Robert Burns #243 Trestleboard
From the East
I, like I am sure many of you, have read a number of articles on Masonry. One of the common subjects, broadly speaking, of these articles is the symbols of Masonry. I recently read one that was several pages long in The Working Tools magazine (http://www.twtmag.com/) that was about cement and how it is produced, and how the different components of cement relate to the individual Mason, and how the production process symbolizes the improvement of men. Notably, at least in our jurisdiction, cement is not even one of the symbols we speak about, except very briefly when talking about the trowel.
Frequently, it seems, the individual symbols are analyzed, but the interactions and layers of meaning of more than one symbol at a time is not. I heard a passing reference in a Masonic podcast some time ago that has stuck with me and relates to this topic, which I would like to discuss briefly here. In the lecture of the First Degree, we speak of the rough ashlar being a symbol of man in his rude, imperfect state. One of the Working Tools of the First Degree is the common gavel, used to break off the corners of rough stones and to divest our hearts and minds of the vices and superfluities of everyday life. Finally, in the Third Degree, the working tool is the trowel, used to spread the cement of brotherly love and affection.
We use the gavel of self-improvement to remove what we see undesirable in ourselves. We amend that which is amiss. We learn to subdue our passions. By these activities, we begin to transform our rough ashlar, slowly, by degrees, gradually bringing it closer and closer to that perfect ashlar we see in Lodge.
Brothers, as we continue to work on ourselves in our Masonic journey, think also of how we relate to each other, and think of the trowel. We wish to spread the cement of brotherly love and affection to unite into one common society. Brothers, if our stones have not been worked, and are very coarse and with many imperfections, with many corners and protrusions, it takes much more work with the trowel to spread enough cement to unite us into one common mass, and the resulting structure, our Fraternity itself, will be weaker, even with all of that extra, otherwise unnecessary effort put in. The work we each do on ourselves, the smoothing of our ashlar by removing imperfections, not only improves ourselves, but also helps us to fit into our Lodge better, and makes our Temple stronger, and easier for us as a common Craft to assemble.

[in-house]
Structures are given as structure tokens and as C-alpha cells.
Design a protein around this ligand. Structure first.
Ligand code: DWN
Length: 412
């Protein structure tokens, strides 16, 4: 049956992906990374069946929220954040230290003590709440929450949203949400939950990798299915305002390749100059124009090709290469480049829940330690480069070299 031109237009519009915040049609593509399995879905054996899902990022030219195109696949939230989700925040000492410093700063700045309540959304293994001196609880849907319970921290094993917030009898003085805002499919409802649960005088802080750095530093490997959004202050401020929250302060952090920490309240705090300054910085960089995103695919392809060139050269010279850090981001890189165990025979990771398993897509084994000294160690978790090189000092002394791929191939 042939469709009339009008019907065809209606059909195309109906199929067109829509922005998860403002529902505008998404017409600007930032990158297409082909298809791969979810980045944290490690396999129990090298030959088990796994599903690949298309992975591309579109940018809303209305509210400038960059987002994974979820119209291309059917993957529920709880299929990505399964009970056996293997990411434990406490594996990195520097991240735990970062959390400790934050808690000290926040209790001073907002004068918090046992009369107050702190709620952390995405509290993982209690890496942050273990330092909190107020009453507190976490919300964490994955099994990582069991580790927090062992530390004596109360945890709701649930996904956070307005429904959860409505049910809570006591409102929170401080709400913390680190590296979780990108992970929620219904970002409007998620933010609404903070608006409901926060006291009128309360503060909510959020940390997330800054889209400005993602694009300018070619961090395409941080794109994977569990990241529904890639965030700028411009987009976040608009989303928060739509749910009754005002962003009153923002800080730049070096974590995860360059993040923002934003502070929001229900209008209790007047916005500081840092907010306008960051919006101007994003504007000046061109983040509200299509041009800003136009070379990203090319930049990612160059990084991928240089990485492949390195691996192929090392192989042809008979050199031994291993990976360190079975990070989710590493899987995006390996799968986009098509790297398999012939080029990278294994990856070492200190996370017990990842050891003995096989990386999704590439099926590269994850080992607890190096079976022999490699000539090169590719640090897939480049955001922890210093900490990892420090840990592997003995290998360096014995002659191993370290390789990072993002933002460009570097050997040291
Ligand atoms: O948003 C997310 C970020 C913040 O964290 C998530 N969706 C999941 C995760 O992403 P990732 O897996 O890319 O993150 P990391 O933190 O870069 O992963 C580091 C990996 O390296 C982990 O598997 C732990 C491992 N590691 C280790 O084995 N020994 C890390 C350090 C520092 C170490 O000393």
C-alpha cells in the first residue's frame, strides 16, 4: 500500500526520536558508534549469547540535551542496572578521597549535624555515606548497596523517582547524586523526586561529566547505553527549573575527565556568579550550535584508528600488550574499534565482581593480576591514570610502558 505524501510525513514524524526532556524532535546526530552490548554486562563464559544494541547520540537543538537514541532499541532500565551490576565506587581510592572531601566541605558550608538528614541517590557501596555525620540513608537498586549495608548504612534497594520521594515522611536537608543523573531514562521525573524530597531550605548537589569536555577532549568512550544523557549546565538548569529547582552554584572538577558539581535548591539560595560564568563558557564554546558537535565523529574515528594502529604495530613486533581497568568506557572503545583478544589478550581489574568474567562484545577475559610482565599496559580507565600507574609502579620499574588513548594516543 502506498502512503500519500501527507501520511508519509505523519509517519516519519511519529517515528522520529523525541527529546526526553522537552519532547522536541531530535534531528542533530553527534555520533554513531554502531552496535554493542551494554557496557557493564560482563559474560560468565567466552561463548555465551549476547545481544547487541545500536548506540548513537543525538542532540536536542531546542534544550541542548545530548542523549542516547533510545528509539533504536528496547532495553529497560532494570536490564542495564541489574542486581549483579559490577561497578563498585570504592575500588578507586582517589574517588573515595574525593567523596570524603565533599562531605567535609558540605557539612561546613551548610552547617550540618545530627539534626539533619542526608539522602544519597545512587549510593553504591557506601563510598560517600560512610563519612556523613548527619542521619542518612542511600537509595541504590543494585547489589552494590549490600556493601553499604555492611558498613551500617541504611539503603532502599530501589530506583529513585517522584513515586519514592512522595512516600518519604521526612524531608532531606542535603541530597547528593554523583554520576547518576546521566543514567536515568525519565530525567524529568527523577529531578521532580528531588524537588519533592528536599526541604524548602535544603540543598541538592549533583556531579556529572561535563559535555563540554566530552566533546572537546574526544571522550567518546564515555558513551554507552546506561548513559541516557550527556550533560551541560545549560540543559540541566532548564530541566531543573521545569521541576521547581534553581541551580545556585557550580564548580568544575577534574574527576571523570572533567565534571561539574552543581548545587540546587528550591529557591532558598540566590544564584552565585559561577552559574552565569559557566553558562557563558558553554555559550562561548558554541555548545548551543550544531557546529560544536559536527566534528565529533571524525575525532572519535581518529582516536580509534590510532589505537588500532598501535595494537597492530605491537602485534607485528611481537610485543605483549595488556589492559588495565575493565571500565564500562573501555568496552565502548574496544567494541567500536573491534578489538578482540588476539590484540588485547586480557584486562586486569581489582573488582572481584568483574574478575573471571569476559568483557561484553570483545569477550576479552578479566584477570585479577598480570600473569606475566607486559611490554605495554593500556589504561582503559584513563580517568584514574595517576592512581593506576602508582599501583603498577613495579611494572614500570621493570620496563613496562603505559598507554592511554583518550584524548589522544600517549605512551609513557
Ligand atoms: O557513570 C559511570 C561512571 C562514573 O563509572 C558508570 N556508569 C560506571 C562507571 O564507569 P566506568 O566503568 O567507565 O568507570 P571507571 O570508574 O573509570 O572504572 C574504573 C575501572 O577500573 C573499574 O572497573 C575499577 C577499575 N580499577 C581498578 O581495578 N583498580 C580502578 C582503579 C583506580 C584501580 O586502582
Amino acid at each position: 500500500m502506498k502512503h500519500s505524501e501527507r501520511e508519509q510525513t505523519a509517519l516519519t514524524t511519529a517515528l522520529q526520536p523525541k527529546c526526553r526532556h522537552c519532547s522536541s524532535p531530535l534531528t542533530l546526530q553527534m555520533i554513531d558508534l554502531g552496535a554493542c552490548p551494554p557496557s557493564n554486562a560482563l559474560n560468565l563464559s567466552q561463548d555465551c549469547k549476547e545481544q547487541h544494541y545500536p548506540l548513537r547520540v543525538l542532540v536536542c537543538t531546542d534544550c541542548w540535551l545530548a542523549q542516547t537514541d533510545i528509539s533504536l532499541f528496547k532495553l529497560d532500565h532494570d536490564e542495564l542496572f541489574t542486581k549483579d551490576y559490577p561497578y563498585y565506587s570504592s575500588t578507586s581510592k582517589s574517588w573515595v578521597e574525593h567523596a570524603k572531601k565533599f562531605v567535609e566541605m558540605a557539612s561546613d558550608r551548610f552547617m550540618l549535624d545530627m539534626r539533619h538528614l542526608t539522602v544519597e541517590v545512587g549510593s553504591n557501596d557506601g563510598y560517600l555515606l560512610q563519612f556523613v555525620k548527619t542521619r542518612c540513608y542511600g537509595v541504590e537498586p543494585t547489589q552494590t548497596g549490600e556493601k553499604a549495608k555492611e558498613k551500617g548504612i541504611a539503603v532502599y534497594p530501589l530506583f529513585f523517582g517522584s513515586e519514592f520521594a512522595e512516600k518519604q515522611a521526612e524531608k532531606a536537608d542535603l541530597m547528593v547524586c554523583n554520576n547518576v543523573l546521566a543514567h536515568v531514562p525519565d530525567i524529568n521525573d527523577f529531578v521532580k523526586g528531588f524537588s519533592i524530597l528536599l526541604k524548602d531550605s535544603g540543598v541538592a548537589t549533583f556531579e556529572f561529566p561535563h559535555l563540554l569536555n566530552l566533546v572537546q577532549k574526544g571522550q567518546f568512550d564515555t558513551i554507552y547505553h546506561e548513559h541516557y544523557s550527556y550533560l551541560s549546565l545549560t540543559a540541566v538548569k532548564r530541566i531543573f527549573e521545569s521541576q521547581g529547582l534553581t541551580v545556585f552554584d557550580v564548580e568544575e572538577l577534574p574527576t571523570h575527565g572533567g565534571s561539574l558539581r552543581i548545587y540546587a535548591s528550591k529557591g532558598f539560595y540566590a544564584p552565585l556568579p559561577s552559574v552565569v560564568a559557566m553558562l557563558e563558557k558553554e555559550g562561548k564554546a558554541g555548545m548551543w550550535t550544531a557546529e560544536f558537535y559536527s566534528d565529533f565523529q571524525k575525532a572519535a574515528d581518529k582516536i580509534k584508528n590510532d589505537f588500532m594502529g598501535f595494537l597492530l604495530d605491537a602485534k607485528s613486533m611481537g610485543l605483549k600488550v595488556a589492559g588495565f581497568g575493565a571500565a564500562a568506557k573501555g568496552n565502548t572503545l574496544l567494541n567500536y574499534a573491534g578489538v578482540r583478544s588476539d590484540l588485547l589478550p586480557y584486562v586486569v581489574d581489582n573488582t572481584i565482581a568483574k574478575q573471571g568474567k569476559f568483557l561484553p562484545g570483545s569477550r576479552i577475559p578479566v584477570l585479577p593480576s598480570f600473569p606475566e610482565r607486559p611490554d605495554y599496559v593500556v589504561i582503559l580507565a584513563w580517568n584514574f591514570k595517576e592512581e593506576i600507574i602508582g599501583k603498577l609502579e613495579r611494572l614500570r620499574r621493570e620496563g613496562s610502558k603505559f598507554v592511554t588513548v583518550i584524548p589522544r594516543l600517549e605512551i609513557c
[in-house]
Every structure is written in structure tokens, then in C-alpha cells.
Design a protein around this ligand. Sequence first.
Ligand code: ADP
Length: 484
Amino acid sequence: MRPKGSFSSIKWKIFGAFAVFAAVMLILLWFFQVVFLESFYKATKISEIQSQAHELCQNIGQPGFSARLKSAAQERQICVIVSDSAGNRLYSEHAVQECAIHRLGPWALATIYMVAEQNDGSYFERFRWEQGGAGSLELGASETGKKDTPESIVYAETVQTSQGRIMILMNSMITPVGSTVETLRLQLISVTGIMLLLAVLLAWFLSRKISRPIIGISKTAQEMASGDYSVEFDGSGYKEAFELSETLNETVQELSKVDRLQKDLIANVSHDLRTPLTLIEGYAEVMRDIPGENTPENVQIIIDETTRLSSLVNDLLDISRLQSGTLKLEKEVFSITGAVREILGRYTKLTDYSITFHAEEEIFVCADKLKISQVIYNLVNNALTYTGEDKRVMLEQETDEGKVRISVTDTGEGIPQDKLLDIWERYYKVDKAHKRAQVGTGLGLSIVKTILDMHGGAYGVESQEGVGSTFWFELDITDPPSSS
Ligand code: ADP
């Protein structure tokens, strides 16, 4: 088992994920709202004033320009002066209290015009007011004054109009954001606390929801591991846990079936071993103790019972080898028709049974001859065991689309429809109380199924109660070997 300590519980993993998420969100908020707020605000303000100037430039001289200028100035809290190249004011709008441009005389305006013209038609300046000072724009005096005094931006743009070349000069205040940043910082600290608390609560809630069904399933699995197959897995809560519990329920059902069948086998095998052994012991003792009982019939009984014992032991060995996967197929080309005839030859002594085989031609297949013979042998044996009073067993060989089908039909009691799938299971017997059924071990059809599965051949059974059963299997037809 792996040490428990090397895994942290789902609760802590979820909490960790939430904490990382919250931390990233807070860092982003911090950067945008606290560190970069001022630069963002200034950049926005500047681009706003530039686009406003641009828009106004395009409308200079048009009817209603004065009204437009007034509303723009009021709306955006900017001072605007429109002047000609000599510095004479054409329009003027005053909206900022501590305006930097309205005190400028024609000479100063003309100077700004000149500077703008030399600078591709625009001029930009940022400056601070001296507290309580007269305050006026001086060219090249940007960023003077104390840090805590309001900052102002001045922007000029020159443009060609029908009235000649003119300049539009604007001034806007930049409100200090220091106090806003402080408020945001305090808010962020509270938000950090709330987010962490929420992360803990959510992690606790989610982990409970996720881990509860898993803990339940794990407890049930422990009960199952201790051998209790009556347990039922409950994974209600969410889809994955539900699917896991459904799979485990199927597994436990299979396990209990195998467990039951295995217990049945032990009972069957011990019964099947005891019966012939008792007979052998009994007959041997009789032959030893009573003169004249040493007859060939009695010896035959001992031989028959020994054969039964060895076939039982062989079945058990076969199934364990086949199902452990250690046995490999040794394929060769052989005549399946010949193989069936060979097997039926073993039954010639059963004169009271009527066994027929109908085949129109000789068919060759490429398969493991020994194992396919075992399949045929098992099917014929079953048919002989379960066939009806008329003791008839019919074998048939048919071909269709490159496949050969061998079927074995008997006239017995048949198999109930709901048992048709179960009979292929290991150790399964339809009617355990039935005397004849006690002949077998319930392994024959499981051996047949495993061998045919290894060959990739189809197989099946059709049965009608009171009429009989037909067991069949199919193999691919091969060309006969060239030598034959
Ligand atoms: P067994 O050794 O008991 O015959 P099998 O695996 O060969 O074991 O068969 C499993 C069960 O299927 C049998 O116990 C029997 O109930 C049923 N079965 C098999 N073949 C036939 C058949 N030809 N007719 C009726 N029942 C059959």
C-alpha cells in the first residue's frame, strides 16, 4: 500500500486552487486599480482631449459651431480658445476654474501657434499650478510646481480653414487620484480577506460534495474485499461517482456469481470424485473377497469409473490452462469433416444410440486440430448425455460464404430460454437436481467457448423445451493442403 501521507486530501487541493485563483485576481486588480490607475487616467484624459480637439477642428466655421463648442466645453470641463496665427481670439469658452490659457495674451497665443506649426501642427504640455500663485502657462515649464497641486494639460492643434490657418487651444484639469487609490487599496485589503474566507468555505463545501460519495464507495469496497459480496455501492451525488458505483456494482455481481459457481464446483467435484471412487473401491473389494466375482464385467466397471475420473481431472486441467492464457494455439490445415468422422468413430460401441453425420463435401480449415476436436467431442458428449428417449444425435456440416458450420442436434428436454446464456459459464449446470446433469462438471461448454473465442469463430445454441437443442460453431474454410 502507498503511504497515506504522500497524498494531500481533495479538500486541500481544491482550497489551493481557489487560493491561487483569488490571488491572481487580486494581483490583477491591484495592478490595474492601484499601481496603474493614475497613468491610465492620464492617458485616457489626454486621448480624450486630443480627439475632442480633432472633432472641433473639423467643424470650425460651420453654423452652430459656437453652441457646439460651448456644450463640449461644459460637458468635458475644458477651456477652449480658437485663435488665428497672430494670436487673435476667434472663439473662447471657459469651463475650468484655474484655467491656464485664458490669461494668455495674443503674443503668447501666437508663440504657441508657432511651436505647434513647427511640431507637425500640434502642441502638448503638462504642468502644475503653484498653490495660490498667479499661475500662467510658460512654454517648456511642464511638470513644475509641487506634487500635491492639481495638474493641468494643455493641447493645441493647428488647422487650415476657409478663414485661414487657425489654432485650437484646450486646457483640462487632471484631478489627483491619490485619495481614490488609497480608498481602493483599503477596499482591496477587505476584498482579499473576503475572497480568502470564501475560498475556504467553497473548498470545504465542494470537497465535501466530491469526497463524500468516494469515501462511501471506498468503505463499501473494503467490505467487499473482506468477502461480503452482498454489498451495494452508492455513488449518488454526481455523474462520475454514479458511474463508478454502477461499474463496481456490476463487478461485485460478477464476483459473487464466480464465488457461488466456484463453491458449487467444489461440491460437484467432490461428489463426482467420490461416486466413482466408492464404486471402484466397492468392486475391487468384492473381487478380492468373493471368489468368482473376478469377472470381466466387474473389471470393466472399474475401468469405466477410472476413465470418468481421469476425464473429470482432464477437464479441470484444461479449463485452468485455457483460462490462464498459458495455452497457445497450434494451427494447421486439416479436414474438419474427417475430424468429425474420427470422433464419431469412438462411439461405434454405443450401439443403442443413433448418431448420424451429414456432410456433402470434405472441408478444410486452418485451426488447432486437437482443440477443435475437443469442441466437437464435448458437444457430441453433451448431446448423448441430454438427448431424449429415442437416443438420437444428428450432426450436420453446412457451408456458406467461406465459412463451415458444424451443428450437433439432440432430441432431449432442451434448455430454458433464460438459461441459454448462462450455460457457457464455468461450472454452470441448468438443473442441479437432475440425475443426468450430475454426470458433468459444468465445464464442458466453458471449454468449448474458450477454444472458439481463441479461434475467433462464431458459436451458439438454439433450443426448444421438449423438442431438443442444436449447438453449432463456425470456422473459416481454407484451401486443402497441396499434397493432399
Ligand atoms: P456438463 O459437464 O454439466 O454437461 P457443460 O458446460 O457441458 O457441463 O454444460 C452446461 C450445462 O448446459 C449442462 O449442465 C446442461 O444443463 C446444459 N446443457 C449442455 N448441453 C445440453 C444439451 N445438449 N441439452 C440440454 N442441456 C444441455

Brothers, we often speak of self-improvement, and we often speak of improving the Lodge. I submit to you that these are not two activities that are distinct from one another, but that in improving ourselves we strengthen our Lodge.
Finally, Brothers, a brief announcement. We will be balloting on Mr. Alex Boras on Tuesday the 5th, and, assuming his petition is granted, we will likely be holding a first degree on Tuesday the 19th. I encourage you all to attend, and help our Lodge grow.
WB Matthew Appel
From the West
So for this last month I was trying to think of the topic for what to write this year's Trestleboard on. Should it be on the history of our great Fraternity, tidbits to help grow our Lodge, or just what ever occupies my mind about Masonry for that month. Well, on the whole I'm still drawing a blank. But for this month I did come up with an interesting question. At the last meeting a few of the Brothers were talking about what it means to be a Mason and why we joined and why others should join.
For myself, I've found Masonry was a way for my father and I to be closer, it also let me be more connected with my grandfather. Its a way for me to help my community and to grow as an individual. So I'd like to ask you all to really put some thought into what brought you to Freemasonry, and what it truly means to be a Brother. Ours is a great institution. Not only for what it allows us to do for others but for how it pushes us to be better men. We are taught that Masonry is a progressive science and taught in degrees only. Do you feel like you have grown by a degree or two as an individual since joining Lodge? With a greater understanding of why we joined Masonry and what it means to us, it will allow us to focus our lodge on the issues what we want it to focus on. And will help us show others the light of Masonry by being more informed about what it personally means.
This is the question that has occupied my mind this month and I hope it gives you some food for thought. We all have a lot to contribute and with deeper understanding of ourselves I think we will be able to offer even more and show others the benefits of Masonry.
Bro. Josh Hamlin
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